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Experts: Constitutionality of Trump's Expedited Removal Expansion Will Be Litigated "For Years"

March 03, 2017 (1 min read)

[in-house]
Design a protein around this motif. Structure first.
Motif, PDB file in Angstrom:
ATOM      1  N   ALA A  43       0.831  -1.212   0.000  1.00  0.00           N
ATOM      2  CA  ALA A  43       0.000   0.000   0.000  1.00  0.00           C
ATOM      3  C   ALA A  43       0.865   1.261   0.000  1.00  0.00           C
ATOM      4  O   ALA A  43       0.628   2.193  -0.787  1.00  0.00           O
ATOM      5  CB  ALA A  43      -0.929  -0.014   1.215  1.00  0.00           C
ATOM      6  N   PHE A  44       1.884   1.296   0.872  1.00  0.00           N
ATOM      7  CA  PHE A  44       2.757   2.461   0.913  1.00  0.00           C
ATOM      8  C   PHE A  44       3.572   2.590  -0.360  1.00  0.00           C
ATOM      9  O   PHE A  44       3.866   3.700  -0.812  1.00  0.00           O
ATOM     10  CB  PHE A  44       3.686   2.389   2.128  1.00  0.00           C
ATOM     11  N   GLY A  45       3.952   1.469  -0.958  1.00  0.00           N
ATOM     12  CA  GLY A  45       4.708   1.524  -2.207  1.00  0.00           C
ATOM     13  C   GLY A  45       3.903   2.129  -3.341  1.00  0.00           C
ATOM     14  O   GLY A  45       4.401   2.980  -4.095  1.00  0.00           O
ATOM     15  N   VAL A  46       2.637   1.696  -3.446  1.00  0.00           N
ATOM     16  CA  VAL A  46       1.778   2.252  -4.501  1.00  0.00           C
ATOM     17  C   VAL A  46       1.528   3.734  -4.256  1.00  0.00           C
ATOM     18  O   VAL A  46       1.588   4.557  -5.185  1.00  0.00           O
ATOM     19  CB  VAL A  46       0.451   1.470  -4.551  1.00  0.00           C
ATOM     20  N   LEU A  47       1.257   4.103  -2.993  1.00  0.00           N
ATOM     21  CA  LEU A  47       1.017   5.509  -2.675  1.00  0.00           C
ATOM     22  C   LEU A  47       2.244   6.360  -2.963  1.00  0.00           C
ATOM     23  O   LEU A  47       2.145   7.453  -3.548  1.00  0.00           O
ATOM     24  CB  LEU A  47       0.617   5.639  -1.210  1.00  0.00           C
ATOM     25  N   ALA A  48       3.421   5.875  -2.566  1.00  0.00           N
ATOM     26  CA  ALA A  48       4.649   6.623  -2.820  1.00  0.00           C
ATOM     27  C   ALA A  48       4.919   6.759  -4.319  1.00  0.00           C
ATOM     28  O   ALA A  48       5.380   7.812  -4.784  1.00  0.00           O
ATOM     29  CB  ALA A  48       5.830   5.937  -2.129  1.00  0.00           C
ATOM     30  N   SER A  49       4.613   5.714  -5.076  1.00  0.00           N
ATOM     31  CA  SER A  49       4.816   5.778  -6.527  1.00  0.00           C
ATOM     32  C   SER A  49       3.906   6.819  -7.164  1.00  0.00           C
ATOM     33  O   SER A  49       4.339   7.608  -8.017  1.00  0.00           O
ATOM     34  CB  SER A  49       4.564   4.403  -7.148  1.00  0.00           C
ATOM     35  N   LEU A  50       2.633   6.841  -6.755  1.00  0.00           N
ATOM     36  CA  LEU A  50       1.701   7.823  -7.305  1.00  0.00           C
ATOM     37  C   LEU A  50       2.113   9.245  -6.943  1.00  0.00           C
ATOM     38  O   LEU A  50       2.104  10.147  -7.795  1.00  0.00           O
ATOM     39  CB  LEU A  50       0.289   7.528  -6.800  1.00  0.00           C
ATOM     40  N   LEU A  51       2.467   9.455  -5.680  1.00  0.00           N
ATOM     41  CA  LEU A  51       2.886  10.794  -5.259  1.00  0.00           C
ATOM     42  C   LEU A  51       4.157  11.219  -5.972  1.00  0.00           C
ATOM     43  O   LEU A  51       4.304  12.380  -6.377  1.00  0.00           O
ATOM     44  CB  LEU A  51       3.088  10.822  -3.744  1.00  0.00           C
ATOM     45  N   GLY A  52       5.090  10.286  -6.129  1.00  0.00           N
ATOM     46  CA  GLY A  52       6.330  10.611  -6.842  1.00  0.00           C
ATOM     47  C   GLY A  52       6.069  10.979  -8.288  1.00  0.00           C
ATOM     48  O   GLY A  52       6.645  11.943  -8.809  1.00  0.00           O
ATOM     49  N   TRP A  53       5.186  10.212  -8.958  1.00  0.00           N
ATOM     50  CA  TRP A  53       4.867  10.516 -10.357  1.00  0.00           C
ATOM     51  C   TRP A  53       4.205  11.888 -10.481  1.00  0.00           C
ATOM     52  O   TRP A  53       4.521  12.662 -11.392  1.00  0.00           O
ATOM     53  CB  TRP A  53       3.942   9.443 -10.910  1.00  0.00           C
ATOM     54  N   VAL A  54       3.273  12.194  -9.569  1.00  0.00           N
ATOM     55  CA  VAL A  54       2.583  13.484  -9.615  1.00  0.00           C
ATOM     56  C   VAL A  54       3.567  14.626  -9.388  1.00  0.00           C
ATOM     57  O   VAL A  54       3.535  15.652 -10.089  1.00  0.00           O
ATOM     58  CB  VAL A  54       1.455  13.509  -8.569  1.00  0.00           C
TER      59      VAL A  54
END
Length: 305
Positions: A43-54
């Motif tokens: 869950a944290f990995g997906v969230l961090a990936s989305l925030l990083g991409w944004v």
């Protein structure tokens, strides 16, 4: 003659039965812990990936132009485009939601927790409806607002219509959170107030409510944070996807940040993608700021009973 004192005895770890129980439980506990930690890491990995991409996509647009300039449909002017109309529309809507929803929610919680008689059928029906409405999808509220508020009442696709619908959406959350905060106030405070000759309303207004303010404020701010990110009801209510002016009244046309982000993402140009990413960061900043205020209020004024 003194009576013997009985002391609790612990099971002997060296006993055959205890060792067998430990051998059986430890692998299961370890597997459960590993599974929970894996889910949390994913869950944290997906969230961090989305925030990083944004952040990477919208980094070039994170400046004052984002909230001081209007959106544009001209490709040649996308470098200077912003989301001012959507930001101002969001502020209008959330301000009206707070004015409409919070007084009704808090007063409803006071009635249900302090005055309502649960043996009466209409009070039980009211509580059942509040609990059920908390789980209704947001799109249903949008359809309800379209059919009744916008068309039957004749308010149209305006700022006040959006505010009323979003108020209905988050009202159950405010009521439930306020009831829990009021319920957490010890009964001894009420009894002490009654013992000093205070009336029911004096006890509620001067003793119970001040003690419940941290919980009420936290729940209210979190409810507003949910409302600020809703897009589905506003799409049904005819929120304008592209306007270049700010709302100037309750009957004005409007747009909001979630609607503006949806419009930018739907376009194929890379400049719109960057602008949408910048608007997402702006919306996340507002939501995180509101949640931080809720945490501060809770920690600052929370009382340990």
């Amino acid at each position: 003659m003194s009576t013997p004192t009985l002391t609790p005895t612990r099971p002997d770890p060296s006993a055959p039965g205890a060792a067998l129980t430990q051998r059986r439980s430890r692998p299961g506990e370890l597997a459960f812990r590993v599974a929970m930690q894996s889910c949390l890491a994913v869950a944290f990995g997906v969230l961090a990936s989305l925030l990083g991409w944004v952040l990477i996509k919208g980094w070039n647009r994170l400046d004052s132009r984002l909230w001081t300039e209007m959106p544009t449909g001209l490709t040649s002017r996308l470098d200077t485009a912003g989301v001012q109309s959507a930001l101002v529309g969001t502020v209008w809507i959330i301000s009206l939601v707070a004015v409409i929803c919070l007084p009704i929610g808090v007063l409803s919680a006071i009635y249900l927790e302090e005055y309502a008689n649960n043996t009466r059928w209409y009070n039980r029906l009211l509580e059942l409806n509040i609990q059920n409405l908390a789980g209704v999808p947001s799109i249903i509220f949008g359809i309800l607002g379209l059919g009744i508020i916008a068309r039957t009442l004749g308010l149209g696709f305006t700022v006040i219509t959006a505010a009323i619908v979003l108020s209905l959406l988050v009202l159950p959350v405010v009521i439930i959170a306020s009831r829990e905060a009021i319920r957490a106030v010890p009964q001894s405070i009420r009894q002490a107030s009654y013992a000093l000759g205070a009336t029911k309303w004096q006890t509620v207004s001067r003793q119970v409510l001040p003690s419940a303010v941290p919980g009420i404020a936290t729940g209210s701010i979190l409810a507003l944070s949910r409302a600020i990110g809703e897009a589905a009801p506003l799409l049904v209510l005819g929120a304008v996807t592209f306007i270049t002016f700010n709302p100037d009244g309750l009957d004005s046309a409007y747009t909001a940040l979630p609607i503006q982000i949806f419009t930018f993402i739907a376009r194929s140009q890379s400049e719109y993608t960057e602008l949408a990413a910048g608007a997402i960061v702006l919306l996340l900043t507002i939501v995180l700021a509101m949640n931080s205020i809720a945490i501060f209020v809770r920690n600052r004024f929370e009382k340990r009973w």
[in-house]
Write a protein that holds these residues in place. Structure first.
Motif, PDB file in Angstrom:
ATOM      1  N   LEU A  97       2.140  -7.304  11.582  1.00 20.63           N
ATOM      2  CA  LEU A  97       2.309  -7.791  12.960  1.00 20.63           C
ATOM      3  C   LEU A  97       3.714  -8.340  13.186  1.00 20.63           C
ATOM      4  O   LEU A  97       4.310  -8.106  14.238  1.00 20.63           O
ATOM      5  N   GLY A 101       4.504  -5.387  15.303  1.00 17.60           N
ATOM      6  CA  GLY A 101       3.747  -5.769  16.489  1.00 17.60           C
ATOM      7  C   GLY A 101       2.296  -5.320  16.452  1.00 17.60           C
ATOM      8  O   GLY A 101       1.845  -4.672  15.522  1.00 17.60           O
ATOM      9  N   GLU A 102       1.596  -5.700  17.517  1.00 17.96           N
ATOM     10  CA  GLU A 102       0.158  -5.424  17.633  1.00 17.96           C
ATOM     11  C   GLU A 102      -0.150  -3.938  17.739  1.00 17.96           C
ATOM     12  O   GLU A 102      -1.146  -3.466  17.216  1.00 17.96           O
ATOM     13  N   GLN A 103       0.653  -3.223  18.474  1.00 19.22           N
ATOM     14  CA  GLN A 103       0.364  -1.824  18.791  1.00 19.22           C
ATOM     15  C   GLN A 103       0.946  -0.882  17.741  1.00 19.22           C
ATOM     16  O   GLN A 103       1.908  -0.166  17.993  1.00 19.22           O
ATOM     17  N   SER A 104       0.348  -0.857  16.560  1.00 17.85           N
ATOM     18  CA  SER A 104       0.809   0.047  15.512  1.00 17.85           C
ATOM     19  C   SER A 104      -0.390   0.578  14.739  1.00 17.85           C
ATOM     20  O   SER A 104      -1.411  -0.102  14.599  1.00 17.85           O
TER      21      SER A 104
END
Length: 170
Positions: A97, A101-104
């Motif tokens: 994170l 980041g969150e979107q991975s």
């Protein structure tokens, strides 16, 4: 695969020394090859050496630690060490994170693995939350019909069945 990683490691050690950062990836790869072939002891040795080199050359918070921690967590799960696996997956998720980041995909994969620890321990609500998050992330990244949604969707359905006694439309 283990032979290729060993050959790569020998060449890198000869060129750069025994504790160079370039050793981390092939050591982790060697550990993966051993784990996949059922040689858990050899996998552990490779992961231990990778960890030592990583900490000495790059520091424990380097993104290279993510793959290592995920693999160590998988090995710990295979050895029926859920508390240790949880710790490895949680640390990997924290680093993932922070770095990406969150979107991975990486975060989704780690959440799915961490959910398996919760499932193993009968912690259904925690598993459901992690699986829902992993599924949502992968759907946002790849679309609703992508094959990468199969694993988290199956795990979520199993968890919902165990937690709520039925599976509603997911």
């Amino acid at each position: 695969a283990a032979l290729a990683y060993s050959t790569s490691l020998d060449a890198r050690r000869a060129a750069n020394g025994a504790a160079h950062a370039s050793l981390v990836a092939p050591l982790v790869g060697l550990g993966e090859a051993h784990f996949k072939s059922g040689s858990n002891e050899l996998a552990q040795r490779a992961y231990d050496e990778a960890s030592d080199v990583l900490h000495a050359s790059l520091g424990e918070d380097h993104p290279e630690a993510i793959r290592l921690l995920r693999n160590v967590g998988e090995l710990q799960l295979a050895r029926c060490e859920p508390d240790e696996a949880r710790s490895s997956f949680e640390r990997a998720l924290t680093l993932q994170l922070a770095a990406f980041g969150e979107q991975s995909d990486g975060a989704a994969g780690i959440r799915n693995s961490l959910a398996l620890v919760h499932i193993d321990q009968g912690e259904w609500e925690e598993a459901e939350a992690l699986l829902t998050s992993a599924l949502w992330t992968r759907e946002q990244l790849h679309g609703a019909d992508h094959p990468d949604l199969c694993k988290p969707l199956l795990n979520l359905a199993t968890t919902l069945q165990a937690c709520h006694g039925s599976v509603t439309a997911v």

David G. Savage, L.A. Times, Mar. 3, 2017 - "The Trump administration’s plan for putting hundreds of thousands of recent migrants in the country illegally onto a fast track for deportation is likely to trigger the next major legal battle over immigration enforcement. ... One part of that effort — the expanded use of what the law refers to as expedited removal — is almost certain to face a constitutional challenge in the courts. ... The Supreme Court has repeatedly said that immigrants, even those who are here illegally, are protected by the Constitution’s guarantee of due process of law. The justices cite the 5th Amendment, which says, “No person shall be … deprived of life, liberty or property, without due process of law.” Because the language refers to “no person,” not to “no citizen,” its protections cover “even one whose presence in this country is unlawful, involuntary or transitory,” the court said unanimously in 1976. But how much process is due for immigrants who entered illegally or overstayed their visas remains “a gray area,” said UCLA law professor Hiroshi Motomura. “It’s possible that a court might find that a full immigration court hearing isn’t constitutionally required,” he said. But it is also possible “that a single field agent making the decision is constitutionally deficient.” ... Peter Margulies, who teaches immigration law at Roger Williams University in Rhode Island, said due process of law usually refers to the right to a hearing. An immigrant who is arrested “should get a fair chance to present her case. And that means an adversarial hearing before an immigration judge,” he said. “The expanded expedited removal contemplated by the DHS memo is a recipe for runaway discretion.” ... [Supreme Court] rulings, due by June, may clarify the constitutional protections for immigrants, but that would be just a start, said Cornell law professor Stephen Yale-Loehr. “These executive orders have not received the same media attention as the president’s travel bans. But they will eventually impact millions of more people. Many more people will be detained and deported,” he said. “And we will be litigating this for years.”